Better known simply as an “Electric,” the Electrical Lighting Technician (ELT) is responsible for getting power anywhere and everywhere on set. They’re also instrumental in executing the lighting plan under the guidance of the gaffer and best boy electric.
The majority of film crews hire several electrics, though lower-budget productions may ask them to work as “Swings”, moving back and forth between the grip and electric departments as necessary.
The Generator Operator is responsible for managing any generators that a production brings to set.
Low budget productions utilizing only small generators may not require a generator operator. However, on shoots with large generators or large arrays of generators, a competent generator operator is essential to not only to the success of the production but also the safety of all cast and film crew members.
If the electric department creates light, the Grip Department takes it away.
Utilizing flags, silks, reflectors, and a 5-ton-truck’s worth of other equipment, the Grip Department manipulates existing light to help the director of photography achieve a desired look. They also physically support other departments as necessary with rigging and temporary structural elements.
The Key Grip is the head of the grip department. A natural counterpart and collaborator to the gaffer, the Key Grip is similarly tasked with planning and coordinating grip elements to execute a lighting plan.
Unlike the gaffer, the Key Grip is also the arbiter of safety on-set.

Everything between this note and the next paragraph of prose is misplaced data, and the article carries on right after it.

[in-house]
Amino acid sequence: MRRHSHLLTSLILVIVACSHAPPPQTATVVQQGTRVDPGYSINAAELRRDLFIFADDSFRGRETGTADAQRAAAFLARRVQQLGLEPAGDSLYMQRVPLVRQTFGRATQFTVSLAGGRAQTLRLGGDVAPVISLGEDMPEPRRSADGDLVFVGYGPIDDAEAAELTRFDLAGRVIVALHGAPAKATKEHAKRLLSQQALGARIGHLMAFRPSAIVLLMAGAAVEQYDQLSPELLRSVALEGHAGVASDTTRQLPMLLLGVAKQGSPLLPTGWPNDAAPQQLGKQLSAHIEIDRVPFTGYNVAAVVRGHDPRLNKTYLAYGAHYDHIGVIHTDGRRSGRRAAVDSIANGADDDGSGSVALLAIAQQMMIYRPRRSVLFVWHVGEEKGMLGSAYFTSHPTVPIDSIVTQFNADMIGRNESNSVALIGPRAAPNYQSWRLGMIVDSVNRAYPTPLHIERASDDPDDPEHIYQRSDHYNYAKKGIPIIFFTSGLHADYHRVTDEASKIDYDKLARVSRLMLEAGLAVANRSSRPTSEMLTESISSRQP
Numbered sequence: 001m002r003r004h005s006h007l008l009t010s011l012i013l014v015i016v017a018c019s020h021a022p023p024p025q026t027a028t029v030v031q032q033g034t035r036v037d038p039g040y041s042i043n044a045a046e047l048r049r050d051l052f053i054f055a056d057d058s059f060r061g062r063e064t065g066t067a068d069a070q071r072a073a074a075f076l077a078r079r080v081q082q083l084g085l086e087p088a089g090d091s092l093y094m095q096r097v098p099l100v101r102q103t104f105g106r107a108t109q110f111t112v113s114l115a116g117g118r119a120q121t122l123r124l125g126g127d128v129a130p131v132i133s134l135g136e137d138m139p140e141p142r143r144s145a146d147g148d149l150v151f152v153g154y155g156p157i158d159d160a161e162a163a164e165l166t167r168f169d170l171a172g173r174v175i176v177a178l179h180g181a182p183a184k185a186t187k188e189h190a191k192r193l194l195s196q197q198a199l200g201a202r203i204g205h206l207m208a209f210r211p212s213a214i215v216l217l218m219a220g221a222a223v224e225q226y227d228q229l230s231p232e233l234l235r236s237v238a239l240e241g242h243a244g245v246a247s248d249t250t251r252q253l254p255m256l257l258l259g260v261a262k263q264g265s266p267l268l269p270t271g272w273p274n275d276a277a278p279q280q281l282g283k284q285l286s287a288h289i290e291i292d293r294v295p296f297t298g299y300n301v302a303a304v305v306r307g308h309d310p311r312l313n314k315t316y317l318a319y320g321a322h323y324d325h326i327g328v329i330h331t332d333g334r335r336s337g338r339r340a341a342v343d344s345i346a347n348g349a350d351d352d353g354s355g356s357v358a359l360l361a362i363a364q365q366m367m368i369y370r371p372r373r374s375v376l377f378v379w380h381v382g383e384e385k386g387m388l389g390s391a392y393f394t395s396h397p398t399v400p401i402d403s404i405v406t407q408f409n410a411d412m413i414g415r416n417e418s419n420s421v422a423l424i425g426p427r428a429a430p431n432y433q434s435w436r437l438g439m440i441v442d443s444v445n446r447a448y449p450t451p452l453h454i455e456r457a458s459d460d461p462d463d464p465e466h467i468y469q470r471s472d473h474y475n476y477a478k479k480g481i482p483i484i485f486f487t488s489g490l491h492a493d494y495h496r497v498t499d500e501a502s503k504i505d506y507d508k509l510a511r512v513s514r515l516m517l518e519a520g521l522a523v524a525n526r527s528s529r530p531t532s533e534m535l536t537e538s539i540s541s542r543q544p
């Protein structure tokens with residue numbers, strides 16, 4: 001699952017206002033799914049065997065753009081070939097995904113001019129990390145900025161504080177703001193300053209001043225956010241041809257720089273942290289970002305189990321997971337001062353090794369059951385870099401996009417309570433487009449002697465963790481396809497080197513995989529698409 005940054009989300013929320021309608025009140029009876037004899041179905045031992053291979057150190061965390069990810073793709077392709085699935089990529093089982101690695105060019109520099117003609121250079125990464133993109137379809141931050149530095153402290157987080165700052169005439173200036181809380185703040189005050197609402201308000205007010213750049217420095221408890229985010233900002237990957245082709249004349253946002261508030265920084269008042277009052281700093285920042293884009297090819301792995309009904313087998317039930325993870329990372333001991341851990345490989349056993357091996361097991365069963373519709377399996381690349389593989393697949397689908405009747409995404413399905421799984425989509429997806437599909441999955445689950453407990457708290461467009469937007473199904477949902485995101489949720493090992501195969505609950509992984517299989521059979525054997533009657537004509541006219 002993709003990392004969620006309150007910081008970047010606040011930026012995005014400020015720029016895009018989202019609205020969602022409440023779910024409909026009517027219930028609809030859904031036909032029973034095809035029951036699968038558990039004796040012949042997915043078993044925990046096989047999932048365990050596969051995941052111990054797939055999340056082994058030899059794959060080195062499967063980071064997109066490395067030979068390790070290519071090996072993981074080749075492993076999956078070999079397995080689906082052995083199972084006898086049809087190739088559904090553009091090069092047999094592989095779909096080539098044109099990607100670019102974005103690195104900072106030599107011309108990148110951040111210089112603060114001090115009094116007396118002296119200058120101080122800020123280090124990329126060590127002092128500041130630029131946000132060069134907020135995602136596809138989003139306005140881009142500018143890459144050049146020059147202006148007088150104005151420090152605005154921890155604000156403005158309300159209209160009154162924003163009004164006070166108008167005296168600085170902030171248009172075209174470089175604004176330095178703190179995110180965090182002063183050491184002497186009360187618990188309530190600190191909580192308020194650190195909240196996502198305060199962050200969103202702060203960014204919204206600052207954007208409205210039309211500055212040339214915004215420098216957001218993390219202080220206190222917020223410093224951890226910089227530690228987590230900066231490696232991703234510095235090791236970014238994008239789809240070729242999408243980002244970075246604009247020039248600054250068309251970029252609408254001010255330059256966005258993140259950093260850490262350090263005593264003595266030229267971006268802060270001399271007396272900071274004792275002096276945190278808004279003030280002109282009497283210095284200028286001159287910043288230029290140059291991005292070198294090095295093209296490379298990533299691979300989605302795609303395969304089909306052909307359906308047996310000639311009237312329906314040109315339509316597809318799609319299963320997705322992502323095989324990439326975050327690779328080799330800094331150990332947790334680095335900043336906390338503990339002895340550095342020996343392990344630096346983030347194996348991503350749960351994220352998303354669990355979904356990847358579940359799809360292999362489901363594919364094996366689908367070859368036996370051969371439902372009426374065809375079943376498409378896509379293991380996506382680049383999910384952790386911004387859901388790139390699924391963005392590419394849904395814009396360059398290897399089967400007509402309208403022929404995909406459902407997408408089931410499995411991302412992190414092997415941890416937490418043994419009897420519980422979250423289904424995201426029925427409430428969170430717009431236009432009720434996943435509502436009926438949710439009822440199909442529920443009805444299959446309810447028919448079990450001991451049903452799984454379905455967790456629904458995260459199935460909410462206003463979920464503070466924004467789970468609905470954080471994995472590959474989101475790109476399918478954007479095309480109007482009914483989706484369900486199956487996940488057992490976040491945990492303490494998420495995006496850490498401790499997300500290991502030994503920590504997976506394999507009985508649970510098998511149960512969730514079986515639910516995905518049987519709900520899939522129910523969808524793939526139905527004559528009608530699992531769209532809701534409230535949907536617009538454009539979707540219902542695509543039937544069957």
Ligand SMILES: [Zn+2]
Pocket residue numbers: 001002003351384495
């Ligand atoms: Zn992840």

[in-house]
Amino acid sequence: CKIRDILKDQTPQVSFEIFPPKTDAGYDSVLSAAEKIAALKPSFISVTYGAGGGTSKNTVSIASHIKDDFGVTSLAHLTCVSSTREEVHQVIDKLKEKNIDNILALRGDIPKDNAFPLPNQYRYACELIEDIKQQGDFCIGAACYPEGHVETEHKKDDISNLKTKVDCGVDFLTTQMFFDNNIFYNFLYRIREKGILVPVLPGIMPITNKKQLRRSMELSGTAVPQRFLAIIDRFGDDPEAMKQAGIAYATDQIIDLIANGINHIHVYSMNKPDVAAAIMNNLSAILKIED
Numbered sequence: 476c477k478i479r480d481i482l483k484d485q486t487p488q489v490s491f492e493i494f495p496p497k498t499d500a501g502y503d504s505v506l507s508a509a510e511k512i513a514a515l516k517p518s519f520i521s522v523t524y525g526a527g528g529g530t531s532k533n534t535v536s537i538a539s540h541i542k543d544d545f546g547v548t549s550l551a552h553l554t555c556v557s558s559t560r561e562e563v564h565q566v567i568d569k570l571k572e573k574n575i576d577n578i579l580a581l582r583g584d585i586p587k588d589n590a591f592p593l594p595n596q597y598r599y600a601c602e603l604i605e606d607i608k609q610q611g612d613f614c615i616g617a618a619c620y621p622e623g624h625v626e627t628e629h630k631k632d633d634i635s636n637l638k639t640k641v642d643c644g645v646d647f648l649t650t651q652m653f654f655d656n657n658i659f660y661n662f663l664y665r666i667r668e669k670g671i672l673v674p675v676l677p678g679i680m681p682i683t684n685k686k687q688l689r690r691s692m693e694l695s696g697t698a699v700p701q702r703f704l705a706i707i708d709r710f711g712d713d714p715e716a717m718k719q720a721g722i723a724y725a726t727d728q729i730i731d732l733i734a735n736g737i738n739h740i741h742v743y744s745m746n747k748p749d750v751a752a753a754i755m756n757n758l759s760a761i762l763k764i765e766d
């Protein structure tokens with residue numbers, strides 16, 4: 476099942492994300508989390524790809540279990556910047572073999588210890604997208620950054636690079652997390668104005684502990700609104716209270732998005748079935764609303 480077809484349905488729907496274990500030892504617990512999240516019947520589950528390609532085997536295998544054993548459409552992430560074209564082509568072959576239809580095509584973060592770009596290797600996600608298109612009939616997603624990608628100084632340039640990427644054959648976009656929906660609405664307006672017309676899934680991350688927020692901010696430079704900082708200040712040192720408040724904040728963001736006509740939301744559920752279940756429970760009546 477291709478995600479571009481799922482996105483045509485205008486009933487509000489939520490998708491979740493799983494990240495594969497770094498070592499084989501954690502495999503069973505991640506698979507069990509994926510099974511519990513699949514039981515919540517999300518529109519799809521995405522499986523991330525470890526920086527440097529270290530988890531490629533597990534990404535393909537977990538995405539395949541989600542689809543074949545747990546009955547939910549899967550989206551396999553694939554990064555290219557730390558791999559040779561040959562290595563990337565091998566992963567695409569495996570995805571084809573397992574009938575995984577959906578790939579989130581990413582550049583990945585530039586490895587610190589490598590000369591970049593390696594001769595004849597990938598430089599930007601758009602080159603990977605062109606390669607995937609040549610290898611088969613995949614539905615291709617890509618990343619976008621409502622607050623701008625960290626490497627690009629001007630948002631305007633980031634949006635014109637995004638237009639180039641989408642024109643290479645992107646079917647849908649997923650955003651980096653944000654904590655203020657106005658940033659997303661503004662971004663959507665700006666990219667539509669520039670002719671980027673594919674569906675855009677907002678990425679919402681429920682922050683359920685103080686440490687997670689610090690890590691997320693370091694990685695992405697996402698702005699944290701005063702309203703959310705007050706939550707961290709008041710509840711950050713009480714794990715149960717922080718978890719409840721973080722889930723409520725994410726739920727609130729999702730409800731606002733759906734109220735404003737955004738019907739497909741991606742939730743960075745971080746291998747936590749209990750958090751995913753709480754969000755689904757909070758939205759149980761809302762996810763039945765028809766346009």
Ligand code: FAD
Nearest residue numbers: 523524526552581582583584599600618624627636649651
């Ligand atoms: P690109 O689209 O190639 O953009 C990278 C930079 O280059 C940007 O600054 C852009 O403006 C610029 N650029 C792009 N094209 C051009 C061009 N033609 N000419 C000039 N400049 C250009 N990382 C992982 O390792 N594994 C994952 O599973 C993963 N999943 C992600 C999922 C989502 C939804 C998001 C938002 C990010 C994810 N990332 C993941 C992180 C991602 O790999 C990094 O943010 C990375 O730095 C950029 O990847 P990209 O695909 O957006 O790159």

The Best Boy Grip is the key grip’s second-in-command. They tackle sensitive managerial operations and oversee the construction of more complicated grip elements.
On a large production, the organizational skills of a solid Best Boy Grip can mean the difference between wrapping early and accruing vast quantities of overtime. They quite literally make the set move.
The Grip physically executes the strategy laid out by the key grip, best boy, and director of photography. On a union shoot, if literally anything needs moved on a set, you’ll almost certainly need a grip to move it for you.
To the uninitiated, this may seem extreme. However, these rules exist to prevent harm. The work of the grip team is essential to the safe and timely operation of any set.
The Dolly Grip is a grip dedicated to the set-up and operation of a dolly. They lay track, perform maintenance, and help execute the complicated camera moves required by many films, television shows, and commercials.
The Dolly Grip is but one of several potential grip film crew positions whose duties are highly specialized. Depending on the needs of a given production, the movie staffing process of pre-production might include a search for unusual gripping expertise. It’s not uncommon to see film crew positions like rigging grips or construction grips in the credits of larger feature films, even though they rarely show up in the world of low-budget indies.
Collectively referred to as “The Vanities”, the Hair & Make-Up Departments prepare on-camera talent for the big screen. Their work can also be essential to executing special effects and maintaining on-screen continuity.